Published: 22 January 2018 Author: Stefan Talmon
On 22 January 1963, France and Germany concluded the Treaty concerning Franco-German co-operation (the “Elysée Treaty”). The Treaty took the relationship between the two countries to a new level providing for close cooperation in the areas of foreign affairs and defence, as well as education and youth affairs. On the basis of this Treaty, Germany cooperates more closely with France than with any other country.
For example, in the area of foreign affairs the two countries agreed to “consult each other, prior to any decision, on all important questions of foreign policy, and particularly on questions of mutual interest, with a view to achieving as far as possible an analogous position.”
The Treaty was accompanied by a joint declaration, signed by French President Charles de Gaulle and Chancellor Konrad Adenauer, which provided in part:
“Convinced that the reconciliation between the French people and the German people, terminating a centuries-old rivalry, is a historic event which radically transforms the relations between the two peoples,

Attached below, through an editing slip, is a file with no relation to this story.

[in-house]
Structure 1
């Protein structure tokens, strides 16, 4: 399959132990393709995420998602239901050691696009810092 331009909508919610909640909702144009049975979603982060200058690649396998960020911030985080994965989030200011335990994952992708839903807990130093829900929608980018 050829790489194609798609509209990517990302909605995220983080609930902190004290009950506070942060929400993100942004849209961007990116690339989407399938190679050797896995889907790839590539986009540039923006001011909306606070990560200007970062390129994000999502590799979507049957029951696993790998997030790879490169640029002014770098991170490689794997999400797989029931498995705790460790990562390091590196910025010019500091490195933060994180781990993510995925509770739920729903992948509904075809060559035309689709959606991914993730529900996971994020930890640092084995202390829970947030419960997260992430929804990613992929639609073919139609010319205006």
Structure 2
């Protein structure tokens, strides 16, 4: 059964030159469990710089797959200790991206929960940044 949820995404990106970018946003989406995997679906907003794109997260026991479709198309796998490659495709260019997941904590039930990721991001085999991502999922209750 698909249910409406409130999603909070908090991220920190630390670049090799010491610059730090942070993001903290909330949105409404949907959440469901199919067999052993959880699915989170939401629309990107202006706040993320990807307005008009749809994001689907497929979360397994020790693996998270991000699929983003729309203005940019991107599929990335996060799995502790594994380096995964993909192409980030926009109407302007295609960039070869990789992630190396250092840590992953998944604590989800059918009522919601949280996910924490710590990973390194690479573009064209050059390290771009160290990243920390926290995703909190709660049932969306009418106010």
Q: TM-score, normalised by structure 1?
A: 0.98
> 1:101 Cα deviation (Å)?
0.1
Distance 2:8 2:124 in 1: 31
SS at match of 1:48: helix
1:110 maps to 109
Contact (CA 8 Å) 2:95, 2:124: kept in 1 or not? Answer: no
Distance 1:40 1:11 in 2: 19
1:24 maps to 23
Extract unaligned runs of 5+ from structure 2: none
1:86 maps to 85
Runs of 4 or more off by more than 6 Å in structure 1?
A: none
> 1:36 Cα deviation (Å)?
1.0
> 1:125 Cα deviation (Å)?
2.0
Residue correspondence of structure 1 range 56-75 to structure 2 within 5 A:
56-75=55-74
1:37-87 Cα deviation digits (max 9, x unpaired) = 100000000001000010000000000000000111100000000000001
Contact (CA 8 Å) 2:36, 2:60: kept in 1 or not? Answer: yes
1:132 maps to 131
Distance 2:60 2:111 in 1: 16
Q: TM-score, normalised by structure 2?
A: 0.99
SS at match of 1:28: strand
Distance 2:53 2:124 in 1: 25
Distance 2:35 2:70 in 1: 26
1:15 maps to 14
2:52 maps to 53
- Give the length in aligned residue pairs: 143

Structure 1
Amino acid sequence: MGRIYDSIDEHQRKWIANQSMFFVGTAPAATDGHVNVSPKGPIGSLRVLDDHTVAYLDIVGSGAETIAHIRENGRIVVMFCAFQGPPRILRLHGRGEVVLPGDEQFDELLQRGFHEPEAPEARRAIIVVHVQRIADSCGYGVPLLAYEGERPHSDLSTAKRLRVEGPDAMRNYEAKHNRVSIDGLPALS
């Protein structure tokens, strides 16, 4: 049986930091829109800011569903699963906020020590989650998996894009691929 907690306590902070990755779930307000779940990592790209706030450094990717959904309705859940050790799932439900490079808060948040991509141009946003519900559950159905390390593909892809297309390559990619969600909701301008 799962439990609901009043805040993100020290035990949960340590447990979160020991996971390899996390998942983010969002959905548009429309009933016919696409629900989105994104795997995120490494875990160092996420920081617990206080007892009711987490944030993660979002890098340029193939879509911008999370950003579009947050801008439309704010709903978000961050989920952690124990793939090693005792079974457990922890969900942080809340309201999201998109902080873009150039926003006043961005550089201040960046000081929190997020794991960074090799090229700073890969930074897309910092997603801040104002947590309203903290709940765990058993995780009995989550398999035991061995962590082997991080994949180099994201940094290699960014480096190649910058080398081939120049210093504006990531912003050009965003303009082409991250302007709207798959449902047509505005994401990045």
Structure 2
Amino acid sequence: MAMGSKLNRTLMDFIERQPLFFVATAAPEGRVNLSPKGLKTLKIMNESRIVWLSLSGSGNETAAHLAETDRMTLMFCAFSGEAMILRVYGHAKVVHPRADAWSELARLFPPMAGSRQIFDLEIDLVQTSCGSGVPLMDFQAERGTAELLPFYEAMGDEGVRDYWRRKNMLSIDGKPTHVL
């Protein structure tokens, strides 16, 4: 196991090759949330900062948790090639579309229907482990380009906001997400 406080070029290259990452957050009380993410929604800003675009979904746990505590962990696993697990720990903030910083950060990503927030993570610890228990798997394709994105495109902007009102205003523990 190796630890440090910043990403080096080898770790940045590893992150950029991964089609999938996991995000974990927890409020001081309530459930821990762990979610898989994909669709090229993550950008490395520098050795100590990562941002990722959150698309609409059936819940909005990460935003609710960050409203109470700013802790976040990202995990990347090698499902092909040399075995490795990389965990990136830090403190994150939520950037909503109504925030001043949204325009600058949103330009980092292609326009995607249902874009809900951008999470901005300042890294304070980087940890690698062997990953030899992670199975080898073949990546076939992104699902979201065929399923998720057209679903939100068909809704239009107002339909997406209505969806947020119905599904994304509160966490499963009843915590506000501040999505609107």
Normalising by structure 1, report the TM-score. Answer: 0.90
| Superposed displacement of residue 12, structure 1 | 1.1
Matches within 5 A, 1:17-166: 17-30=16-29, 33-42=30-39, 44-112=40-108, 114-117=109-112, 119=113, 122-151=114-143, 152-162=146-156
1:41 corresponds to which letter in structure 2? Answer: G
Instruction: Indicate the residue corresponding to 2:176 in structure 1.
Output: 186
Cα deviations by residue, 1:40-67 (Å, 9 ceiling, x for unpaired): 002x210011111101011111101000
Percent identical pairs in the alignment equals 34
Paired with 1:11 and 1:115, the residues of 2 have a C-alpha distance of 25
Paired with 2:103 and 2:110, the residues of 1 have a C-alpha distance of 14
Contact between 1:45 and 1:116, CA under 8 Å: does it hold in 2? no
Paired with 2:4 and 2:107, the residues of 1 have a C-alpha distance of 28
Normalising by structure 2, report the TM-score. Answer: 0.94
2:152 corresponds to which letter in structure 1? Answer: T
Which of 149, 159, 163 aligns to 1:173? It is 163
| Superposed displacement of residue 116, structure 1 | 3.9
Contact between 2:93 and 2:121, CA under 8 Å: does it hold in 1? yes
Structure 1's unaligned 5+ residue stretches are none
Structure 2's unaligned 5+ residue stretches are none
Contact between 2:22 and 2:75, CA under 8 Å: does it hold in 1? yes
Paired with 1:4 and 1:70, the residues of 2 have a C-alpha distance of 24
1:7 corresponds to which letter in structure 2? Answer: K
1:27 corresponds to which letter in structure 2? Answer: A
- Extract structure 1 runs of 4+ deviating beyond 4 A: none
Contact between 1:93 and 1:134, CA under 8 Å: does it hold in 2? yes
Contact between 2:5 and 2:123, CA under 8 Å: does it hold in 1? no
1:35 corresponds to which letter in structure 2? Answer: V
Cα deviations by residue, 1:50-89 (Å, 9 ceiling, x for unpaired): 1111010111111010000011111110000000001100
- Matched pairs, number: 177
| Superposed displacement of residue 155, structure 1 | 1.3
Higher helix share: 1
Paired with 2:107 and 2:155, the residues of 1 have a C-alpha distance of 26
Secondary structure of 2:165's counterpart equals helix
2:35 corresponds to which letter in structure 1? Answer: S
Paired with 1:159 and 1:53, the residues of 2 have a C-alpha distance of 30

Conscious of the solidarity which unites the two peoples as regards both their security and their economic and cultural development,
Noting in particular that youth has become conscious of this solidarity and is destined to play a decisive role in the consolidation of Franco-German friendship,
Recognizing that a strengthening of the co-operation between the two countries is an essential step towards a united Europe, which is the goal of both peoples,
Have signified their agreement to the organization and principles of co-operation between the two States, as set forth in the Treaty signed this day.”
The full text of the Treaty and the Declaration (in English) may be found here.